The United Auto Workers made history this week by going on strike at all three of Detroit’s big automakers simultaneously for the first time. But autoworkers have been striking for nearly a century at Ford, General Motors and Jeep parent company Stellantis.
For years, autoworker unions targeted strikes at one company to leverage contracts at another. The strikes influenced labor rights across the country, leading to some of the first recognition of unions, higher pay and health-care benefits.
Here’s a look at the effect of previous autoworker strikes.
Ford Hunger March, 1932
After the Great Depression, average wages of Michigan autoworkers dropped by nearly 50% between 1929 and 1932, as thousands of other autoworkers lost their jobs. On March 7, 1932, more than 3,000 people led by the Detroit Unemployed Councils marched to the Ford Rouge Plant in Dearborn, wanting jobs, relief for laid-off workers and improved conditions for current employees.
They were met by police and Ford security, who fired hundreds of rounds at the crowd, killing four protesters and a fifth who later died of injuries sustained that day. The funeral procession for the slain drew an estimated 60,000. The 1932 rally yielded few benefits beyond affecting public opinion, but it paved the way for more demonstrations a few years later.
Flint Sit-Down Strike, 1936-37
Sparked by hundreds of deaths in Michigan auto plants, poor working conditions and low wages, GM workers began the “most significant strike in American labor history,” according to the UAW, on Dec. 30, 1936. Rather than walk out, workers sat down at their stations and stopped working.
Forty-four days later, on Feb. 11, 1937, GM announced a $25 million wage increase and recognized the union, one of the first major victories for unionization in American history. Within a year, UAW membership grew from 30,000 to 500,000 as wages grew by as much as 300%.
River Rouge Sit-Down Strike, 1941
On May 26, 1937, UAW organizer Walter Reuther and other union leaders went to Ford’s River Rouge Plant in Michigan to pass out leaflets that read “Unionism, not Fordism,” a reference to mass manufacturing using assembly lines and unskilled labor that Ford pioneered. They clashed with Ford security guards, who began beating them.
Photojournalists captured the violence, including images of Reuther bloodied and bruised, which helped change the tide of public opinion toward the union. But Ford would still not recognize the UAW.
In 1941, after eight Ford workers were fired for joining the union, River Rouge Plant employees went on strike for 10 days in a show of force. In the culmination of the four-year struggle, Ford recognized the union, the last major automaker to do so.
Post-World War II strike, 1945-46
By 1943, UAW was the country’s largest union. After World War II, when unions had put aside demands to support war efforts, labor saw a revival.
In the 12-month period following the war, more than 5 million workers went on strike. UAW members were part of that movement, with 320,000 GM workers walking out for 113 days near the end of 1945. Their demands: A 30% pay increase and a pledge from the automaker not to increase car prices, a radical demand intended to prevent GM managers from offloading the cost of higher wages onto consumers.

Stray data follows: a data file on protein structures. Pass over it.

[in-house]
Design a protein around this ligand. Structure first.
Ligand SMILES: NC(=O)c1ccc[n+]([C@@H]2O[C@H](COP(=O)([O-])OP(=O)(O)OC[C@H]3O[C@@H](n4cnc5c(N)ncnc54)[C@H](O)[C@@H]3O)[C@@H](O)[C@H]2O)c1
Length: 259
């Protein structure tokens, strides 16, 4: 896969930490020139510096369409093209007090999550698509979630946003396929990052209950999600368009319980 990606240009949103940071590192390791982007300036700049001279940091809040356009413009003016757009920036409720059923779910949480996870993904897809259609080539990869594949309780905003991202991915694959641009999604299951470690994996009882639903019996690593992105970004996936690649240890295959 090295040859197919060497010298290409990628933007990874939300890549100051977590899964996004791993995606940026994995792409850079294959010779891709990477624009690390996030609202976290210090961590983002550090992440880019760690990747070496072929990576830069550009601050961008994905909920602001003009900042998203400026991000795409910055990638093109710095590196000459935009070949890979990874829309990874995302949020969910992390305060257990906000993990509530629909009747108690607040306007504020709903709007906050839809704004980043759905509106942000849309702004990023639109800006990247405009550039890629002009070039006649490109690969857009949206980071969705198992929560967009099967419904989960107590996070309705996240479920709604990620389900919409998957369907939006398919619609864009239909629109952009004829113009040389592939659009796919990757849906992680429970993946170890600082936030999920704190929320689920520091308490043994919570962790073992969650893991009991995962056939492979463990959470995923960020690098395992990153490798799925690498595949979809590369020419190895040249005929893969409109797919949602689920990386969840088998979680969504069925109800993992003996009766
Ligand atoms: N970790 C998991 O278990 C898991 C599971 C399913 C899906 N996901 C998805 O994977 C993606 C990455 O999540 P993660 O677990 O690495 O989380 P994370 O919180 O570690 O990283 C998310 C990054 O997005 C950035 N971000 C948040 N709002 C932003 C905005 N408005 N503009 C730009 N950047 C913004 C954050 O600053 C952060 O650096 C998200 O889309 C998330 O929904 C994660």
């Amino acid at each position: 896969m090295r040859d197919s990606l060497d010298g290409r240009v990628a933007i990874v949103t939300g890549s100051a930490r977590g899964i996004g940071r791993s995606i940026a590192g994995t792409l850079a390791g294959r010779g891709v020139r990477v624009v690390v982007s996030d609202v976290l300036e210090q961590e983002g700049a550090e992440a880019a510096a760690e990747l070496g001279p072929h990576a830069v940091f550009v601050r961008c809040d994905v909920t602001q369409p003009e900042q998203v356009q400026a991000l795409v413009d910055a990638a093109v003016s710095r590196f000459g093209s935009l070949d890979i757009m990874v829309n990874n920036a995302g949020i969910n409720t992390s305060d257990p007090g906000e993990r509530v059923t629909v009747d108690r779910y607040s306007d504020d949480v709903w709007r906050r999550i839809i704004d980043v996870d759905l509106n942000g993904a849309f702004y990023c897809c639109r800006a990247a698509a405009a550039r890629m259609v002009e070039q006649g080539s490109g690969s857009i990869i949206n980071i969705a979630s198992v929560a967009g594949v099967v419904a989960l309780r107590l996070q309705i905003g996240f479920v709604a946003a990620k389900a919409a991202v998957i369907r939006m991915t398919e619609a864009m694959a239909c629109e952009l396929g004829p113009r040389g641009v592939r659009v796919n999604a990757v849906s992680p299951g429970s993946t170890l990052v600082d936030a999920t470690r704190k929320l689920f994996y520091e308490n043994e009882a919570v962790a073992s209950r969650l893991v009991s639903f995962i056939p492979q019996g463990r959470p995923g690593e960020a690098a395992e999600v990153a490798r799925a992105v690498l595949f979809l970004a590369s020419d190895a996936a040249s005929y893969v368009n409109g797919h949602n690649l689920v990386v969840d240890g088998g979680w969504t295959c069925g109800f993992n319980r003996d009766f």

GM settled with the union for a roughly 18% increase but refused to consider its other requests.
Chrysler Strike and ‘The Treaty of Detroit,’ 1950
In 1950, UAW president Walter Reuther launched a strike against Chrysler after the manufacturer refused to fully fund a demanded pension plan. In the 104 days of the strike, Chrysler lost $1 billion in sales.
GM, hoping to avoid Chrysler’s fate, negotiated a five-year contract soon after with Reuther that included cost-of-living adjustments, company-paid health care and a pension plan.
Dubbed “The Treaty of Detroit” by Fortune magazine, it was a landmark agreement in U.S. labor relations in the postwar period.
Over 400,000 picket GM, 1970
The UAW negotiations and extensive strikes following World War II helped propel autoworkers into the middle class. The eased relations between labor and management saw a two-decade lull in major autoworker strikes.
In 1970, however, workers went on strike again after GM demanded they pay for increases in health-care premiums.
For 67 days, over 400,000 union members walked off the job. The automaker lost nearly $1 billion in profit, eventually agreeing to increased wages, pensions and a right to retire after 30 years, another landmark win for the union.
Financial crisis strike, 2007-08
By 2007, UAW’s membership had significantly decreased, limiting its sway with the automakers. Still, over 70,000 members walked out for more than two days in 2007 over demands for job security.
But with GM facing its own losses during the heart of the global recession, the union’s first strike in almost four decades yielded scarce results. In an effort to keep the companies from going bankrupt in 2008, the UAW agreed to a number of concessions, including sacrificing the companies’ financing of health care for retirees and job security provisions.
Most recent strike, 2019
The most recent strike by autoworkers came in 2019, when 46,000 members launched a strike of GM for over a month, leading to a four-year contract with pay increases and commitments from the automaker to invest in U.S. factories.
Closures of plants rallied some members, although the strike was officially over pay, job security and benefits.
The settlement included a signing bonus of $11,000 for union members for agreeing to the new contract.